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Private Mortgage Insurance

Private mortgage insurance (PMI) is something that you, as a borrower, pay for, which is for the benefit of the lender. It guarantees that if you default on your loan, the lender will still be paid. It means you have more to pay every month, but it may also mean the difference between being accepted or denied.

Usually, unless you have spotless credit, you will be required to purchase PMI if you are putting less than 20 percent down on your property. Nobody likes having to pay extra money, but without it, a banker, even a subprime lender with flexible rules and a heart of gold, will be much less likely to issue a loan.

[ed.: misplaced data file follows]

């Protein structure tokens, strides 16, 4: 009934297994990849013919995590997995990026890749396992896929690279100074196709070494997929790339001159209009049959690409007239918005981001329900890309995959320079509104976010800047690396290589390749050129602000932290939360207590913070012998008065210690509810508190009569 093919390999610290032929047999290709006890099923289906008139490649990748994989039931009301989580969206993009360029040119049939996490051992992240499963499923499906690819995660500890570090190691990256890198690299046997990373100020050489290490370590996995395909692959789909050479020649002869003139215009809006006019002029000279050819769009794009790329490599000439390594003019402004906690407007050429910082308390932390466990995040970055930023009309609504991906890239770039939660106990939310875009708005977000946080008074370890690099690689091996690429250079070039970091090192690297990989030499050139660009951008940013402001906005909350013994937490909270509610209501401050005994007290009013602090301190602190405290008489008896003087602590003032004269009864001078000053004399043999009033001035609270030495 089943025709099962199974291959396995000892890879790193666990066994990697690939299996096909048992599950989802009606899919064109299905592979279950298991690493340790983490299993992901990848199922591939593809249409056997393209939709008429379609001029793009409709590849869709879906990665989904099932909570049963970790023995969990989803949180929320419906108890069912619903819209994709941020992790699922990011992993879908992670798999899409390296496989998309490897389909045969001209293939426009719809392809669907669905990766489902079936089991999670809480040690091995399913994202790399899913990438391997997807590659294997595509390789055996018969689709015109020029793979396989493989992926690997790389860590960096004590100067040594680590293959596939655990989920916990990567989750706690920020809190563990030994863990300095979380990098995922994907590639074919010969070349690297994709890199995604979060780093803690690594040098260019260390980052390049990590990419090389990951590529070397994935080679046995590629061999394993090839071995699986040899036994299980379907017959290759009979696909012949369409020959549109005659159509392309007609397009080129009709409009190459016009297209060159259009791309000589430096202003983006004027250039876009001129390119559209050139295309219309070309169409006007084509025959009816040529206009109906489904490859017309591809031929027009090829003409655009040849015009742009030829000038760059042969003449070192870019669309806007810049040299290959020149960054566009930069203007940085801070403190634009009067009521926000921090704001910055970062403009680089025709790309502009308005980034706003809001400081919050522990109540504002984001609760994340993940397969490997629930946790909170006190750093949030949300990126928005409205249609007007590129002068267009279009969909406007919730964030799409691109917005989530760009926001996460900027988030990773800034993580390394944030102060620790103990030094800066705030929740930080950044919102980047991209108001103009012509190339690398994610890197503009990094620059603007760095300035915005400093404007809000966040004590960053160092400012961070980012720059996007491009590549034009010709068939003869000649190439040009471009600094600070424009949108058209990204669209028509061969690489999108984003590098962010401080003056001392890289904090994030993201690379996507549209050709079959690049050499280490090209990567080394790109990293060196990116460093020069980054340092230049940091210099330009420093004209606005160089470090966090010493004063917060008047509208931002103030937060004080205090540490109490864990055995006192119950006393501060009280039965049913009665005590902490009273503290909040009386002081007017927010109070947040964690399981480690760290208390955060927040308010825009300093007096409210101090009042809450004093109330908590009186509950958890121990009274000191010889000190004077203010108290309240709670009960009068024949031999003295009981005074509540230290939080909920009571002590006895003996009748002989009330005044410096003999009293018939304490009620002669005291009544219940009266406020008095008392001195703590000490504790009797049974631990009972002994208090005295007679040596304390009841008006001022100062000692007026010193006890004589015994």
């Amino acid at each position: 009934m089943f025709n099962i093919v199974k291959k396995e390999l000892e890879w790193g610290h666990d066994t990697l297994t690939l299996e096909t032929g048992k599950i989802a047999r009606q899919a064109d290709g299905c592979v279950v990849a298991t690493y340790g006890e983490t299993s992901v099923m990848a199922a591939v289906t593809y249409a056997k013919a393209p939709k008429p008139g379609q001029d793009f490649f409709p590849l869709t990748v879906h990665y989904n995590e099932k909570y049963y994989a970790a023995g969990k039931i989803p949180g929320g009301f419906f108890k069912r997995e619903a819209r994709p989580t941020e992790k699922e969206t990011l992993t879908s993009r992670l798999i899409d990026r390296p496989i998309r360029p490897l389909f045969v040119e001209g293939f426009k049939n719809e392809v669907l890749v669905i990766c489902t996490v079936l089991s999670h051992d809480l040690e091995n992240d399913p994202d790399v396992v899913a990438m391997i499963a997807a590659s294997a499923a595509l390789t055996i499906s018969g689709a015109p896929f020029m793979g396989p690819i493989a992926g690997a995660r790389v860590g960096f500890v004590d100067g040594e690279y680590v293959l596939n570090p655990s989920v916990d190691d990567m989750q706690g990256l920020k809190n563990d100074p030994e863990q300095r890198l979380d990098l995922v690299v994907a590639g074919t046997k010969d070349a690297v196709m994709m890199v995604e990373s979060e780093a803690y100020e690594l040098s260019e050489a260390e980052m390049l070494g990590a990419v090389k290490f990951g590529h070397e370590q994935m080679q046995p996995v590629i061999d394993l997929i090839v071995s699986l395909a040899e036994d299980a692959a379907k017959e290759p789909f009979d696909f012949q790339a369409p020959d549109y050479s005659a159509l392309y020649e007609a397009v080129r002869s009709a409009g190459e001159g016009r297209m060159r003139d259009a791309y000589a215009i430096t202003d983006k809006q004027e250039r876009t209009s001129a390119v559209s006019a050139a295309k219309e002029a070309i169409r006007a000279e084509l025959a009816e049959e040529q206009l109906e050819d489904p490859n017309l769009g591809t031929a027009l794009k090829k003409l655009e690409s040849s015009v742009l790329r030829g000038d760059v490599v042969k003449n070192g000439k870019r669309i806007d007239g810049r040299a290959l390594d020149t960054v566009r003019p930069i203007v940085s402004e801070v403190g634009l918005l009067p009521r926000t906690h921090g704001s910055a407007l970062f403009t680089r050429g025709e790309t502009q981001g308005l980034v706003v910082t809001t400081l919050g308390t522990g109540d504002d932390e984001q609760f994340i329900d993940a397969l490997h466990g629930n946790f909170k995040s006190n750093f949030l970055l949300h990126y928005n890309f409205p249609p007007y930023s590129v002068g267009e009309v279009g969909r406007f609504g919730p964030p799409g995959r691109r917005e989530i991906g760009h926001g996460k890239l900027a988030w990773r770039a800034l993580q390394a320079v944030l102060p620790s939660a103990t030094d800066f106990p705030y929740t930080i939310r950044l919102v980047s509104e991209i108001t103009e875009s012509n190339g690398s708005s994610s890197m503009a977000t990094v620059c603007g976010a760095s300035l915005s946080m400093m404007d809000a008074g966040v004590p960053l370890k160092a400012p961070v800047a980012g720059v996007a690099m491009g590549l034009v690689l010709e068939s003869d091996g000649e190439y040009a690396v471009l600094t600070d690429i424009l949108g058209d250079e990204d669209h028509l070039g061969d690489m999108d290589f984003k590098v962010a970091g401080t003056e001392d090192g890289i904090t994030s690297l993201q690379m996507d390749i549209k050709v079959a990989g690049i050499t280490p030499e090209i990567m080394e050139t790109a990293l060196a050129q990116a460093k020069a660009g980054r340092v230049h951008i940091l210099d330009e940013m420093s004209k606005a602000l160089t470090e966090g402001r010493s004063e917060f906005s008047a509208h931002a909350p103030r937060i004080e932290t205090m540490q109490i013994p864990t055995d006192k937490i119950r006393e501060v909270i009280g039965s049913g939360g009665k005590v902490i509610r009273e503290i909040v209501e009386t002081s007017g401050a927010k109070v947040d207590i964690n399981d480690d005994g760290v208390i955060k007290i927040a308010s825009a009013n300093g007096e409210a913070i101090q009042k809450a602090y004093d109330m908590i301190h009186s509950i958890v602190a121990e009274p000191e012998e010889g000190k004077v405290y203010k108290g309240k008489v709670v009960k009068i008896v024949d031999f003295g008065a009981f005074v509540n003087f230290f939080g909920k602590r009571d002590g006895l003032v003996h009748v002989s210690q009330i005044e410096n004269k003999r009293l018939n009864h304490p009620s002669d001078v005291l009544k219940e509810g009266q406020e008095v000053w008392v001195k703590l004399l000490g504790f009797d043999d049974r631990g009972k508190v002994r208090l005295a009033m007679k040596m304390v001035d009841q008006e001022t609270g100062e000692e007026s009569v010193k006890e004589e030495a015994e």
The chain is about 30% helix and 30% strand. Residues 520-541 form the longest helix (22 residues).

It’s no guarantee, but your willingness to purchase PMI will weigh heavily in the decision whether to grant you a loan, if you have poor credit and/or a low down payment.
You should, however, be able to find out ahead of time approximately what your PMI premiums will be.

If a banker is unwilling to tell you this information, you be in for a shock. Although it will usually not exceed $100, in some rare cases it might be several hundred, and if you don’t know that until you get to the closing table, you’re going to be facing some tough last-minute decisions.

The Homeowners Protection Act sets out guidelines for when you can cancel your PMI policy. You may request that it be terminated once you reach 20 percent equity, and it must be terminated automatically when you reach 22 percent. The bank doesn’t have to cancel it once you have reached those thresholds if you have not been on time with your payments or have other liens on the property. If the lender, instead of you, pays the PMI, the Homeowners Protection Act does not apply.